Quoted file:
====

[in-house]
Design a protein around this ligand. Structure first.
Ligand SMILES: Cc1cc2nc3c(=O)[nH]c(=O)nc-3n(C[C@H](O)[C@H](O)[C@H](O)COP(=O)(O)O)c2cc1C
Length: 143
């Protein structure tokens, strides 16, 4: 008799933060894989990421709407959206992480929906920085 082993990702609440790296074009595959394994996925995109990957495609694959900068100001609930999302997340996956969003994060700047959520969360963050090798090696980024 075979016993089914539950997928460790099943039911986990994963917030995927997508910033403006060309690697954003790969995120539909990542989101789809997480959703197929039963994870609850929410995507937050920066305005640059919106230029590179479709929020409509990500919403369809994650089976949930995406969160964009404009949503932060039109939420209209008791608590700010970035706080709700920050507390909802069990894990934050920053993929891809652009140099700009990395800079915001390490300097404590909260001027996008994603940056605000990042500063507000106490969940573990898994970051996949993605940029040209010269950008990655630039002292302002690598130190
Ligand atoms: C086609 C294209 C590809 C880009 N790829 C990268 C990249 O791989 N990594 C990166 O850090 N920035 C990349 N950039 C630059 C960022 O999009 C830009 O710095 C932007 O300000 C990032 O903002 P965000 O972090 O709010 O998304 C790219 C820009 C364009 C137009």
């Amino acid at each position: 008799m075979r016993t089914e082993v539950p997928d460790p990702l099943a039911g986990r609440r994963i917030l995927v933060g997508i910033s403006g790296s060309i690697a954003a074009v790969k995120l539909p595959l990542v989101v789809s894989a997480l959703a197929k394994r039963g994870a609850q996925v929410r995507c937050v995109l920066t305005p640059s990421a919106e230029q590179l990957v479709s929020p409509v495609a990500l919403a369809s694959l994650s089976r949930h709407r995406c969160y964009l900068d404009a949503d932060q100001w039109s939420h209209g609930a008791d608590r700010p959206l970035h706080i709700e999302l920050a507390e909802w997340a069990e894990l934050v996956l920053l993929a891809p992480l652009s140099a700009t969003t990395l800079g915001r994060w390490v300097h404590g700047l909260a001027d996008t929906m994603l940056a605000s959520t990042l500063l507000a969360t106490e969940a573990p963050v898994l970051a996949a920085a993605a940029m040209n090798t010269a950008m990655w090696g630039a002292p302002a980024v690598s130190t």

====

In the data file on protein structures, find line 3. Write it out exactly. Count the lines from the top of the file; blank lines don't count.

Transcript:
Ligand SMILES: Cc1cc2nc3c(=O)[nH]c(=O)nc-3n(C[C@H](O)[C@H](O)[C@H](O)COP(=O)(O)O)c2cc1C